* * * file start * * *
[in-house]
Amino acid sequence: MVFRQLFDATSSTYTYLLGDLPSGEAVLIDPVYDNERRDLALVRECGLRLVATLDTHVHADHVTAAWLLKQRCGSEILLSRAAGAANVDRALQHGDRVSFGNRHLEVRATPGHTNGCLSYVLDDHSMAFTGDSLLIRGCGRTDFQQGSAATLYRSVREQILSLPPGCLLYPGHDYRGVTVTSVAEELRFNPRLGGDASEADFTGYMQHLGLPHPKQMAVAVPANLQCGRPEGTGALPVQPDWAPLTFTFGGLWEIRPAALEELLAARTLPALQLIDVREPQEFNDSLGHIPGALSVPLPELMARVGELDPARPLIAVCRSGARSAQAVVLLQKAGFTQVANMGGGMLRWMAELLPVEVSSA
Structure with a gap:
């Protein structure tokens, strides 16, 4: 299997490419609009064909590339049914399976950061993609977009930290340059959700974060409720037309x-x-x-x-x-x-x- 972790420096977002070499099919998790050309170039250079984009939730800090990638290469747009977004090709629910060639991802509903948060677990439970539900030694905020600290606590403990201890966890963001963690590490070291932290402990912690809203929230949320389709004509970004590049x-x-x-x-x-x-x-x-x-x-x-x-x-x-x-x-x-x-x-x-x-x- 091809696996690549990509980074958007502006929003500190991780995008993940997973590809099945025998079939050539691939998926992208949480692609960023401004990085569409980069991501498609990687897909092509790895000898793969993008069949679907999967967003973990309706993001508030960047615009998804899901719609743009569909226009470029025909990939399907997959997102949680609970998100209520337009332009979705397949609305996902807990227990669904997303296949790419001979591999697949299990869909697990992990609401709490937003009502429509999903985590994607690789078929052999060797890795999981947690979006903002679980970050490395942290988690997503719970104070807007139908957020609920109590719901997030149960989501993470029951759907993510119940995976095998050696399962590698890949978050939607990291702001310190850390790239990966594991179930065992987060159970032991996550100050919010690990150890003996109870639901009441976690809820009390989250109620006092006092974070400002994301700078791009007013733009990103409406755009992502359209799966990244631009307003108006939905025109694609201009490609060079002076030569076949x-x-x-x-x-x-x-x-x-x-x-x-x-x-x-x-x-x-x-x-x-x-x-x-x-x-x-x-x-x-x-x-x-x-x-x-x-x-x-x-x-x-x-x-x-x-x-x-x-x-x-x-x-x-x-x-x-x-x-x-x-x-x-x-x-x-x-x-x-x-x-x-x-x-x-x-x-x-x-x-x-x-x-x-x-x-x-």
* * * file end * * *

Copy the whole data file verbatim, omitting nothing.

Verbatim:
[in-house]
Amino acid sequence: MVFRQLFDATSSTYTYLLGDLPSGEAVLIDPVYDNERRDLALVRECGLRLVATLDTHVHADHVTAAWLLKQRCGSEILLSRAAGAANVDRALQHGDRVSFGNRHLEVRATPGHTNGCLSYVLDDHSMAFTGDSLLIRGCGRTDFQQGSAATLYRSVREQILSLPPGCLLYPGHDYRGVTVTSVAEELRFNPRLGGDASEADFTGYMQHLGLPHPKQMAVAVPANLQCGRPEGTGALPVQPDWAPLTFTFGGLWEIRPAALEELLAARTLPALQLIDVREPQEFNDSLGHIPGALSVPLPELMARVGELDPARPLIAVCRSGARSAQAVVLLQKAGFTQVANMGGGMLRWMAELLPVEVSSA
Structure with a gap:
């Protein structure tokens, strides 16, 4: 299997490419609009064909590339049914399976950061993609977009930290340059959700974060409720037309x-x-x-x-x-x-x- 972790420096977002070499099919998790050309170039250079984009939730800090990638290469747009977004090709629910060639991802509903948060677990439970539900030694905020600290606590403990201890966890963001963690590490070291932290402990912690809203929230949320389709004509970004590049x-x-x-x-x-x-x-x-x-x-x-x-x-x-x-x-x-x-x-x-x-x- 091809696996690549990509980074958007502006929003500190991780995008993940997973590809099945025998079939050539691939998926992208949480692609960023401004990085569409980069991501498609990687897909092509790895000898793969993008069949679907999967967003973990309706993001508030960047615009998804899901719609743009569909226009470029025909990939399907997959997102949680609970998100209520337009332009979705397949609305996902807990227990669904997303296949790419001979591999697949299990869909697990992990609401709490937003009502429509999903985590994607690789078929052999060797890795999981947690979006903002679980970050490395942290988690997503719970104070807007139908957020609920109590719901997030149960989501993470029951759907993510119940995976095998050696399962590698890949978050939607990291702001310190850390790239990966594991179930065992987060159970032991996550100050919010690990150890003996109870639901009441976690809820009390989250109620006092006092974070400002994301700078791009007013733009990103409406755009992502359209799966990244631009307003108006939905025109694609201009490609060079002076030569076949x-x-x-x-x-x-x-x-x-x-x-x-x-x-x-x-x-x-x-x-x-x-x-x-x-x-x-x-x-x-x-x-x-x-x-x-x-x-x-x-x-x-x-x-x-x-x-x-x-x-x-x-x-x-x-x-x-x-x-x-x-x-x-x-x-x-x-x-x-x-x-x-x-x-x-x-x-x-x-x-x-x-x-x-x-x-x-």